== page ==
func call2048(typ, fn, arg unsafe.Pointer, n, retoffset uint32)
func call4096(typ, fn, arg unsafe.Pointer, n, retoffset uint32)
func call8192(typ, fn, arg unsafe.Pointer, n, retoffset uint32)
func call16384(typ, fn, arg unsafe.Pointer, n, retoffset uint32)
func call32768(typ, fn, arg unsafe.Pointer, n, retoffset uint32)
func call65536(typ, fn, arg unsafe.Pointer, n, retoffset uint32)
func call131072(typ, fn, arg unsafe.Pointer, n, retoffset uint32)
func call262144(typ, fn, arg unsafe.Pointer, n, retoffset uint32)
func call524288(typ, fn, arg unsafe.Pointer, n, retoffset uint32)
func call1048576(typ, fn, arg unsafe.Pointer, n, retoffset uint32)
func call2097152(typ, fn, arg unsafe.Pointer, n, retoffset uint32)
func call4194304(typ, fn, arg unsafe.Pointer, n, retoffset uint32)
func call8388608(typ, fn, arg unsafe.Pointer, n, retoffset uint32)
func call16777216(typ, fn, arg unsafe.Pointer, n, retoffset uint32)
func call33554432(typ, fn, arg unsafe.Pointer, n, retoffset uint32)
func call67108864(typ, fn, arg unsafe.Pointer, n, retoffset uint32)
func call134217728(typ, fn, arg unsafe.Pointer, n, retoffset uint32)
func call268435456(typ, fn, arg unsafe.Pointer, n, retoffset uint32)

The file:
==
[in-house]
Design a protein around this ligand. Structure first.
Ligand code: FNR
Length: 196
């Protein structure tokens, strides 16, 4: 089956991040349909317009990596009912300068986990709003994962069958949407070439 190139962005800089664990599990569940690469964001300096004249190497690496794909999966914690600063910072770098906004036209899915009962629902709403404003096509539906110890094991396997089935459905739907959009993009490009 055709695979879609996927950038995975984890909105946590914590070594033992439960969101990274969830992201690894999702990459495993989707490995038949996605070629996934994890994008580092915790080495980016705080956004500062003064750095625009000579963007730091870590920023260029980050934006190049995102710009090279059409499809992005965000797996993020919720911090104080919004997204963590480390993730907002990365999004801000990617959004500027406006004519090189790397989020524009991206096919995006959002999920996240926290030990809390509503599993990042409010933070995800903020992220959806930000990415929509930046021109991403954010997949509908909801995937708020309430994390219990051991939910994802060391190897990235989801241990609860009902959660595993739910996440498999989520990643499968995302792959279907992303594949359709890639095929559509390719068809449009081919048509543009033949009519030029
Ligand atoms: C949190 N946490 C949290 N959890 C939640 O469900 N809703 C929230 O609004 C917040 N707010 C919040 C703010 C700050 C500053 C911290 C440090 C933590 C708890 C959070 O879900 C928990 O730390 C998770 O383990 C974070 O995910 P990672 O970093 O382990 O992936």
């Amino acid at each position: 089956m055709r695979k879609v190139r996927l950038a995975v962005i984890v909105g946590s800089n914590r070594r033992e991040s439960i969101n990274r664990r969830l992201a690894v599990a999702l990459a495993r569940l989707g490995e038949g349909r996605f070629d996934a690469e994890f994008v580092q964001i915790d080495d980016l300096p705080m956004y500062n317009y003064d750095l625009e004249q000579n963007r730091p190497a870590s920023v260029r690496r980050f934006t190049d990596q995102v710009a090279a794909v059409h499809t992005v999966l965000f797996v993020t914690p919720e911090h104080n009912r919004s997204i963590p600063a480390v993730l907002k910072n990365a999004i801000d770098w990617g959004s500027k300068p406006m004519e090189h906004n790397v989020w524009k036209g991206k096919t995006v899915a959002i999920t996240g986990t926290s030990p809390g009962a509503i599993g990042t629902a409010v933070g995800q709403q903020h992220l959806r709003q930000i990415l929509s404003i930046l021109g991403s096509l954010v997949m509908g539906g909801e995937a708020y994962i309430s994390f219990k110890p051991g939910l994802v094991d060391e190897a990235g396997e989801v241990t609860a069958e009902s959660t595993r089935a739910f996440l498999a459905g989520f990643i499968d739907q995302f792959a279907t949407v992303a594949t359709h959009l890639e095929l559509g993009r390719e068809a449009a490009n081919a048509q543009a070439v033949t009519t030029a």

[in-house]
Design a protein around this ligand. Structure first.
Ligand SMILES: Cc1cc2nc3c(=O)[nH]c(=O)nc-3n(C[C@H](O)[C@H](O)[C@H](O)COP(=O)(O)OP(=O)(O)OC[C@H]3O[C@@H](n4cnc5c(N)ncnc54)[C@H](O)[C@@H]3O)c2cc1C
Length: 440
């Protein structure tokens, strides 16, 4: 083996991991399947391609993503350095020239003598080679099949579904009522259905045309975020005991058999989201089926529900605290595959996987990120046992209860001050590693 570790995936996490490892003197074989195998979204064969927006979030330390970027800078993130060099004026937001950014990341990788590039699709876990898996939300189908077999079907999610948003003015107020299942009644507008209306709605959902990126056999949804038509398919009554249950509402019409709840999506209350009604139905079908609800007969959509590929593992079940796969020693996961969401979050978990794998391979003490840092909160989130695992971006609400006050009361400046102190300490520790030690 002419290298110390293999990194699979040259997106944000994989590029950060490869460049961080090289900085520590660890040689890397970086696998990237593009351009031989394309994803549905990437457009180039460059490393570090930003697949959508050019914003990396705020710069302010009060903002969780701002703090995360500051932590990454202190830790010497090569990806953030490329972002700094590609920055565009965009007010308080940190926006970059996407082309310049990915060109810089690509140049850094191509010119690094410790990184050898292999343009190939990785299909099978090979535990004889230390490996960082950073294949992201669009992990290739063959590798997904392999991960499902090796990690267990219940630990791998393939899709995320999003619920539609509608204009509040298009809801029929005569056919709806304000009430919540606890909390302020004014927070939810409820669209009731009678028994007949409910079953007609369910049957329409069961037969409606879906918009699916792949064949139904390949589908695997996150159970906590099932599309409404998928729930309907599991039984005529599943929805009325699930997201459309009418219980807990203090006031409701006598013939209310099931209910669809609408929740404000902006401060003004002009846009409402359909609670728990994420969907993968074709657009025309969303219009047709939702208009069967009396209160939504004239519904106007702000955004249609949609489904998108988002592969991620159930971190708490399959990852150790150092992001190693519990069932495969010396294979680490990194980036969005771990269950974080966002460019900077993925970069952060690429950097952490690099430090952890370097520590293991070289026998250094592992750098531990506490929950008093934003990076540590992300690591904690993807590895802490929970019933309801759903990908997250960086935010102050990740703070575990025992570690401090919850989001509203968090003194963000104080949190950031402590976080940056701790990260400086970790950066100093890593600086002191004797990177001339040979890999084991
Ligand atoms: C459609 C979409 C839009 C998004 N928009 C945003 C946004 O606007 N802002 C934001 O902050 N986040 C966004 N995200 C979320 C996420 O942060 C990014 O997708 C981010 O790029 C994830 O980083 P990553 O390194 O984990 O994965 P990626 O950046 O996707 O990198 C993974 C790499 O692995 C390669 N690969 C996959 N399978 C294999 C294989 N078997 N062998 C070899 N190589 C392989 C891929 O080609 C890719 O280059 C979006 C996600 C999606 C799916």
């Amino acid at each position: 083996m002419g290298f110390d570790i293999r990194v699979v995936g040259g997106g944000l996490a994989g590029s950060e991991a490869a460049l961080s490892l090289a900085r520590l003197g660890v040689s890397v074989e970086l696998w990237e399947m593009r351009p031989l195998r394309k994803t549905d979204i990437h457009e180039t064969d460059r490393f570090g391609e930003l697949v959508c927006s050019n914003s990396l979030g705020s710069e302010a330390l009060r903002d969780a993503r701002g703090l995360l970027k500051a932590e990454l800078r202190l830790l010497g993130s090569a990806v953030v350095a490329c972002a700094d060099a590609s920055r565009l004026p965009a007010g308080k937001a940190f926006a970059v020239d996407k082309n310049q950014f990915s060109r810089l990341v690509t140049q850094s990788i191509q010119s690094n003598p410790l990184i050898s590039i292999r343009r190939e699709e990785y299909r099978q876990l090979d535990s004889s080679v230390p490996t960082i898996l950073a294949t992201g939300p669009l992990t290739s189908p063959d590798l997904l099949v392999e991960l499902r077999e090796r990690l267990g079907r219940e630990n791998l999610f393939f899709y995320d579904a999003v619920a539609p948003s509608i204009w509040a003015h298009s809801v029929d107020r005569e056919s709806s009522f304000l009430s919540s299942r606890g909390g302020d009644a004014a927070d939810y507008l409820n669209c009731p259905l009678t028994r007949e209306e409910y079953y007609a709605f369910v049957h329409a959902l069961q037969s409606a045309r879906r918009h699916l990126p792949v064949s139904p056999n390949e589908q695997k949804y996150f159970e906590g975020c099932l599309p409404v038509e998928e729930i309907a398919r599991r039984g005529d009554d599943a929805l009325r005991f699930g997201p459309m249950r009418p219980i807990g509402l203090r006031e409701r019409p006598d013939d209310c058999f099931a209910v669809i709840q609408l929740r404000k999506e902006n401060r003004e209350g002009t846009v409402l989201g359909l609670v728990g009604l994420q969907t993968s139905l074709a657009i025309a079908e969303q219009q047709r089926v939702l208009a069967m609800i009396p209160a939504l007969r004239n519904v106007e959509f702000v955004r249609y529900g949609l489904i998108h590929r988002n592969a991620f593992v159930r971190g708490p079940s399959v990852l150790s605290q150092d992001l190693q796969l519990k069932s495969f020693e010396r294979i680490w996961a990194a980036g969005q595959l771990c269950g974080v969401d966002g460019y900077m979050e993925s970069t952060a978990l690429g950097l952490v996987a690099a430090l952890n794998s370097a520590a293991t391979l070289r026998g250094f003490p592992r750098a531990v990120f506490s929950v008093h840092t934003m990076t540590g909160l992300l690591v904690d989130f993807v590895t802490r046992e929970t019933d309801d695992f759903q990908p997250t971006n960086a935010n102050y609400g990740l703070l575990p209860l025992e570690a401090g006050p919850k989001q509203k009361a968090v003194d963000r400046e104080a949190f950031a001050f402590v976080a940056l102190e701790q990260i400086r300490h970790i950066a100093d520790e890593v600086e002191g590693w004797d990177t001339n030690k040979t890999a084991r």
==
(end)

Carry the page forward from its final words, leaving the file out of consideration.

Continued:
func call536870912(typ, fn, arg unsafe.Pointer, n, retoffset uint32)
func call1073741824(typ, fn, arg unsafe.Pointer, n, retoffset uint32)
func systemstack_switch()
// alignUp rounds n up to a multiple of a. a must be a power of 2.
func alignUp(n, a uintptr) uintptr {
return (n + a - 1) &^ (a - 1)
}
// alignDown rounds n down to a multiple of a. a must be a power of 2.
func alignDown(n, a uintptr) uintptr {
return n &^ (a - 1)
}
// divRoundUp returns ceil(n / a).
func divRoundUp(n, a uintptr) uintptr {
// a is generally a power of two. This will get inlined and
// the compiler will optimize the division.
return (n + a - 1) / a
}
// checkASM reports whether assembly runtime checks have passed.
func checkASM() bool
func memequal_varlen(a, b unsafe.Pointer) bool
// bool2int returns 0 if x is false or 1 if x is true.
func bool2int(x bool) int {
// Avoid branches. In the SSA compiler, this compiles to
// exactly what you would want it to.
return int(uint8(*(*uint8)(unsafe.Pointer(&x))))
}
// abort crashes the runtime in situations where even throw might not
// work. In general it should do something a debugger will recognize
// (e.g., an INT3 on x86). A crash in abort is recognized by the
// signal handler, which will attempt to tear down the runtime
// immediately.
func abort()
// Called from compiled code; declared for vet; do NOT call from Go.
func gcWriteBarrier()
func duffzero()
func duffcopy()
// Called from linker-generated .initarray; declared for go vet; do NOT call from Go.
func addmoduledata()